Creating and running a fashion brand is starting to look as simple as creating and running a social media account… tap to design, tap to price, tap to finance, tap to market, tap to make, tap to retarget. A new wave of software platforms is finally connecting all the machines and systems behind the scenes, and the effect is nothing short of revolutionary.
This new generation of integrated end-to-end platforms will mean tremendous opportunities for increases in efficiency at all levels of the fashion business, likely some significant consolidation after a bit of a race, and a new breed of top dog fashion magnates: gamers.
The fashion industry is for once at the leading edge of a technology boom, thanks largely to momentum and fallout from recent retail-tech and fit-tech gold rushes.
One year ago, economist Michel Mandel predicted that 2019 would be “the year of the manufacturing platform,” and apparently more than one person in the industry was listening.
Several established fashion equipment companies like Gerber Technology and EFI Optitex have been moving in this general direction for a while, and we’ve seen dashboards for dedicated applications like hiring and planning for media and events (Swipecast and CastingCoin), but the company suddenly at the forefront of the total unification pack is Cala, a New York-based SaaS startup which at the base pricing tier functions much like the others: a designer can log on, connect their e-commerce platform to the system, and use automation tools to manage their sourcing, manufacturing, and distribution. Other companies in the space include N.A.bld from Nineteenth Amendment, the powerful and industrial Resonance Companies’ MAKE and create.ONE platforms from partners Lawrence Lennihan and Joseph Ferrara, and ethical fashion platforms Thr3efold and Suuchi’s GRID. Together, they’re leaving pioneering platform of yesterday Maker’s Row seemingly in the dust.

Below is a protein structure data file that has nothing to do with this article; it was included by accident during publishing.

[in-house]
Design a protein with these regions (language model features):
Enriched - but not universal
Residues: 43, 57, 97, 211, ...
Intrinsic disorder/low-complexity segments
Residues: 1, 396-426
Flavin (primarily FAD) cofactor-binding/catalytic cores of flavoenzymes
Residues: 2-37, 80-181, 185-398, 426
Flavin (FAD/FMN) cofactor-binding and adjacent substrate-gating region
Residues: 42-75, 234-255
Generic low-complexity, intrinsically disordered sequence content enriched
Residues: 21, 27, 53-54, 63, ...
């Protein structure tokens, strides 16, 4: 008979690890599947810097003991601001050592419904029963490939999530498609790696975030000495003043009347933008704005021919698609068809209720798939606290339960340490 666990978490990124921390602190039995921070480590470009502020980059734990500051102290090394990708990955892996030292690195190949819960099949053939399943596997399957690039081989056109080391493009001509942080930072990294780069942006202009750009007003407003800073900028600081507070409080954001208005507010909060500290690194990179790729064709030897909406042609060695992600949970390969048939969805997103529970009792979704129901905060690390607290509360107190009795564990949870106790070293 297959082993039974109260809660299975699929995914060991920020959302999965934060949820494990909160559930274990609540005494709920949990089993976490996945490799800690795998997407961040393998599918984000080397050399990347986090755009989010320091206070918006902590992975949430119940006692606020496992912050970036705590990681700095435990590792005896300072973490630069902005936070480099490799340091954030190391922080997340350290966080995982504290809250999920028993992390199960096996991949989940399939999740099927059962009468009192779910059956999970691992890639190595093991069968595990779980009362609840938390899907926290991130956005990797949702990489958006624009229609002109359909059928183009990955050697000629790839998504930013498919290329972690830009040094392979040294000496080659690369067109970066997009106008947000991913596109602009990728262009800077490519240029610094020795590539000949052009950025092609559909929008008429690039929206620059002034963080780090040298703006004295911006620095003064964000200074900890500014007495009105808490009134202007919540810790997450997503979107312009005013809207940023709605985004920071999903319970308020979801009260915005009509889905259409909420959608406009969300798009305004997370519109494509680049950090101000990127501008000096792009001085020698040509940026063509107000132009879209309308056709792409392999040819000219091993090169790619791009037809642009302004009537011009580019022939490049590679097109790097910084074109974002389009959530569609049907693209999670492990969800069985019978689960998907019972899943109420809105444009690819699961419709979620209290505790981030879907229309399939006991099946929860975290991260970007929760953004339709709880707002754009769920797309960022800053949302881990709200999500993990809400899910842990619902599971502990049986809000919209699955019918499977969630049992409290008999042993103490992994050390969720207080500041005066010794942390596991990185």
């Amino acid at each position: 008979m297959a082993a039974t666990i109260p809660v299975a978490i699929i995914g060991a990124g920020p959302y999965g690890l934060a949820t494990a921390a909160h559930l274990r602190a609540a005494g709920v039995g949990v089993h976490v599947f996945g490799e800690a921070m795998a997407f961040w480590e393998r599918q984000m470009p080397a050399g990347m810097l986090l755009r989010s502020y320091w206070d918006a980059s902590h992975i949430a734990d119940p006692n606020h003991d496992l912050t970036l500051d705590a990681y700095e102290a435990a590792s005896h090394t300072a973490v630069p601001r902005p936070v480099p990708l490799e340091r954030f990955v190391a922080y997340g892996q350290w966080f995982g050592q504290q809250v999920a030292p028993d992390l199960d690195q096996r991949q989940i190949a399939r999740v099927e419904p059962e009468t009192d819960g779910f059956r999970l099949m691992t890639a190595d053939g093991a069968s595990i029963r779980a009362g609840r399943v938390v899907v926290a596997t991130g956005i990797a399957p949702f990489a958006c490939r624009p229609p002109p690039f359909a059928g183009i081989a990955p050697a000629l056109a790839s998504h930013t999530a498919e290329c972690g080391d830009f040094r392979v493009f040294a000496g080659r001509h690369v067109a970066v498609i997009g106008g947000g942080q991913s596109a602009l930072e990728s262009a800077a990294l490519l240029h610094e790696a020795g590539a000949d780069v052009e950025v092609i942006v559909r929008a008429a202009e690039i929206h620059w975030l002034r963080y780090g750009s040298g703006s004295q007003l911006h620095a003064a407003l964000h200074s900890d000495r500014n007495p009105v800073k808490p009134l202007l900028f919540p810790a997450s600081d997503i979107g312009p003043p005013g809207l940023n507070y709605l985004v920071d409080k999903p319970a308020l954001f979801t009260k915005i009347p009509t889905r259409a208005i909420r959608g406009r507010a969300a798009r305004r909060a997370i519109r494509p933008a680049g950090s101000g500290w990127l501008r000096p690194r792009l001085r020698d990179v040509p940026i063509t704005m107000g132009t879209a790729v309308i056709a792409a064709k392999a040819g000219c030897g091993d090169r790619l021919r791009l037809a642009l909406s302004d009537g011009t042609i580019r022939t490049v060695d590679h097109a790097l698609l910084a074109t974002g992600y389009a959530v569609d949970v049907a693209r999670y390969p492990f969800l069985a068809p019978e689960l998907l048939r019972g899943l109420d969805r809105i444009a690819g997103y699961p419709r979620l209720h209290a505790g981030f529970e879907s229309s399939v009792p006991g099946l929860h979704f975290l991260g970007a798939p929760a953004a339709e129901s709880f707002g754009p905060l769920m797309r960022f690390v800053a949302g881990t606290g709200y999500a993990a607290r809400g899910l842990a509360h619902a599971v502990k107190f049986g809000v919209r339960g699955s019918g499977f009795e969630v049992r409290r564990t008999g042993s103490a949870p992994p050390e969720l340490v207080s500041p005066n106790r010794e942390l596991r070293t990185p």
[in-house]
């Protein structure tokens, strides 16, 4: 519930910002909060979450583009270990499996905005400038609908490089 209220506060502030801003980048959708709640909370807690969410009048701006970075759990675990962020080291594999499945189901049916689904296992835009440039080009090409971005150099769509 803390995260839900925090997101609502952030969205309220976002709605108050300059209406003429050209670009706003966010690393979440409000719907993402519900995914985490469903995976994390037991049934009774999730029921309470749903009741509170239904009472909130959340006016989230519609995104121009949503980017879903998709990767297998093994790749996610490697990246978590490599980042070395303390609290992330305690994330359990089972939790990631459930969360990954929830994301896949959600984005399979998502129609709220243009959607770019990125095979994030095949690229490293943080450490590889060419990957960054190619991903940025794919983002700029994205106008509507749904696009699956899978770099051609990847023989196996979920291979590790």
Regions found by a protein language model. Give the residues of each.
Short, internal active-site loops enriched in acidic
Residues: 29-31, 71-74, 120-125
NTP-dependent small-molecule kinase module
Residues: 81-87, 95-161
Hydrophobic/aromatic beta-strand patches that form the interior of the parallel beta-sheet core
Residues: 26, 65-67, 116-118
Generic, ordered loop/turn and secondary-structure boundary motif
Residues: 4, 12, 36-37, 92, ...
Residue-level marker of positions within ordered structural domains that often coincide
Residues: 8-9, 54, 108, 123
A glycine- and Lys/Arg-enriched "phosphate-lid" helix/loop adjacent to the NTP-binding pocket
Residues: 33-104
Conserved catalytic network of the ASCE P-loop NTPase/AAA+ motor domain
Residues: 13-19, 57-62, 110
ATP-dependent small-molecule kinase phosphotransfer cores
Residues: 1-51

Cala is the one that appears readiest for mass adoption by a horde of neophyte users, and you can learn more about it in this deep dive interview Cathy Schepis and I recently recorded with Cala CEO and Co-Founder Andrew Wyatt for American Fashion Podcast:
The holy grail in this space is seamless end-to-end management of the complete product life cycle. If direct-to-consumer comes first, to start a fashion brand from scratch you need to go through roughly seven phases, each with their own unique quirks, processes, and complications. These (often overlapping) phases include Ideation and Design, Sourcing and Costing, Pricing and Financing, Manufacturing and Production, Marketing and Sales, Distribution and Logistics, and Analytics and Analysis. If you can put all of these phases into one dashboard, the entrepreneur starts to not need to directly employ any support staff or to ever visit a vendor or touch their own goods. Simpler garments can even get by with virtual sample rooms provided by companies like CLO and Tukatech, presenting 3D renderings to consumers instead of photographed samples.